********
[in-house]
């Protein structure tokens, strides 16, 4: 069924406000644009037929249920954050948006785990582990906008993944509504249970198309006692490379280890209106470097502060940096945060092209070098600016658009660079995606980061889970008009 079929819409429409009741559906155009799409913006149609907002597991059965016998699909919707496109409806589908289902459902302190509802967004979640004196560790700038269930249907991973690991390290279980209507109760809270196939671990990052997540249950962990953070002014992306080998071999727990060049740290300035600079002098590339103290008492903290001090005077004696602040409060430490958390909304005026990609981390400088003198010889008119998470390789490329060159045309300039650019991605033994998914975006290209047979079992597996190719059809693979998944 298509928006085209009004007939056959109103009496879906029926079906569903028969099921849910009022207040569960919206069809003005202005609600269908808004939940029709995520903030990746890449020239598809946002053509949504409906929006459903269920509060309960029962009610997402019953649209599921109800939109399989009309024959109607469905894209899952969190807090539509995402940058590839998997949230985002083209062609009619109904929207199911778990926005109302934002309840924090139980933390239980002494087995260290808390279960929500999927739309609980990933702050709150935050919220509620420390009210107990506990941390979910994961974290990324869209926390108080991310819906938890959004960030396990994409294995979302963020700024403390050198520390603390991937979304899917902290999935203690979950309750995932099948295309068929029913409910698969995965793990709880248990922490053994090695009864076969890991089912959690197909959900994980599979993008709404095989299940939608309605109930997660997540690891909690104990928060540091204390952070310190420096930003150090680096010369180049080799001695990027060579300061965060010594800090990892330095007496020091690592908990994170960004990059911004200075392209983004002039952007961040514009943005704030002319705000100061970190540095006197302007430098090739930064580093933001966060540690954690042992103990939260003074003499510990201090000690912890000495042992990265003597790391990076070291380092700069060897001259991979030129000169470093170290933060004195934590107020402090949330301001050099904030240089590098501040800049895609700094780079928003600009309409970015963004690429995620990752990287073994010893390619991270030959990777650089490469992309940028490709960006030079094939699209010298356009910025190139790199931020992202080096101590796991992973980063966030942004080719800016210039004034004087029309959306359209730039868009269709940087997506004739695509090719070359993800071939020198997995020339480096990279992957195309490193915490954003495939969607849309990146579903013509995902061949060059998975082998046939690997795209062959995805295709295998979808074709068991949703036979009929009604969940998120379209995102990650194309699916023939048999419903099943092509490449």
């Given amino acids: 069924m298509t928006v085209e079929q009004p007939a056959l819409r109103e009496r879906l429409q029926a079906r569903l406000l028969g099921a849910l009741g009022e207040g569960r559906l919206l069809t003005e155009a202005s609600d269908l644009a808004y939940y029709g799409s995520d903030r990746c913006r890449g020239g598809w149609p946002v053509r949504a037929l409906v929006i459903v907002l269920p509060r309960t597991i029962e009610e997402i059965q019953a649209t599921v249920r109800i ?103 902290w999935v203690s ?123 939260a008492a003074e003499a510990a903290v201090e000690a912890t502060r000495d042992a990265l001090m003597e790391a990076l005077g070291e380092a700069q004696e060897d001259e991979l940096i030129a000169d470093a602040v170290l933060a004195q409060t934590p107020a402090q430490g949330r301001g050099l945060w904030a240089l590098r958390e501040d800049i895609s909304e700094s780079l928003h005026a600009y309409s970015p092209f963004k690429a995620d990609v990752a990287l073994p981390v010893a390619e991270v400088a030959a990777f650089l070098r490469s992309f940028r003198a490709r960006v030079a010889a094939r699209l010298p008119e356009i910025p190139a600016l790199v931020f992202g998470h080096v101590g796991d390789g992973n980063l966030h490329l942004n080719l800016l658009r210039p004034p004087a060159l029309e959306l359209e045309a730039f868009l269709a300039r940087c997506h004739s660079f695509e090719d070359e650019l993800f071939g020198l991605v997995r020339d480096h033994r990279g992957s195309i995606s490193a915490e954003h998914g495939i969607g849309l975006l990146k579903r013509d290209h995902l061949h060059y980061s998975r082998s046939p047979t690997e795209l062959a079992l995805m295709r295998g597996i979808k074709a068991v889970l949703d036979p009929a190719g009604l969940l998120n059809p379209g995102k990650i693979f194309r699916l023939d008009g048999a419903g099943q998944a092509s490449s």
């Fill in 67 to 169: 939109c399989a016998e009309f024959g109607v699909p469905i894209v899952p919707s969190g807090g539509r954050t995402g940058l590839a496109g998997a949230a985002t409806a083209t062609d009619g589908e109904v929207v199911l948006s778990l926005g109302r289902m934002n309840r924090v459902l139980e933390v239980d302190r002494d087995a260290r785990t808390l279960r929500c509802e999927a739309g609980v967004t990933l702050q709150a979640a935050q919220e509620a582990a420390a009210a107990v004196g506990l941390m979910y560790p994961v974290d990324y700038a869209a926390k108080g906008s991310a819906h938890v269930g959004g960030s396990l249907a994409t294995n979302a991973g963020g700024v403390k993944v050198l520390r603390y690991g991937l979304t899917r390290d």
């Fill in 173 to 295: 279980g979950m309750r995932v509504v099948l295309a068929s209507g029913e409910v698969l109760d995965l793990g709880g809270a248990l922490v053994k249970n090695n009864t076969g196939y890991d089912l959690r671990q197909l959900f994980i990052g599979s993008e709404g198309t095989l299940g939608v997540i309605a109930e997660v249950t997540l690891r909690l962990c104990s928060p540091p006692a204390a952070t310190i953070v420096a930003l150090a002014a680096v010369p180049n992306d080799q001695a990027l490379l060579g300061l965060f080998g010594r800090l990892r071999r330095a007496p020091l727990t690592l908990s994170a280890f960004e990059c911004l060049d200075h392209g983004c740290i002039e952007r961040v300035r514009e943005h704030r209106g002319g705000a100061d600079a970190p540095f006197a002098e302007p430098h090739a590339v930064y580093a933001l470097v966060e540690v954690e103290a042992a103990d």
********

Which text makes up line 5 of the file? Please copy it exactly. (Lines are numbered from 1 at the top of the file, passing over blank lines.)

């Fill in 173 to 295: 279980g979950m309750r995932v509504v099948l295309a068929s209507g029913e409910v698969l109760d995965l793990g709880g809270a248990l922490v053994k249970n090695n009864t076969g196939y890991d089912l959690r671990q197909l959900f994980i990052g599979s993008e709404g198309t095989l299940g939608v997540i309605a109930e997660v249950t997540l690891r909690l962990c104990s928060p540091p006692a204390a952070t310190i953070v420096a930003l150090a002014a680096v010369p180049n992306d080799q001695a990027l490379l060579g300061l965060f080998g010594r800090l990892r071999r330095a007496p020091l727990t690592l908990s994170a280890f960004e990059c911004l060049d200075h392209g983004c740290i002039e952007r961040v300035r514009e943005h704030r209106g002319g705000a100061d600079a970190p540095f006197a002098e302007p430098h090739a590339v930064y580093a933001l470097v966060e540690v954690e103290a042992a103990d």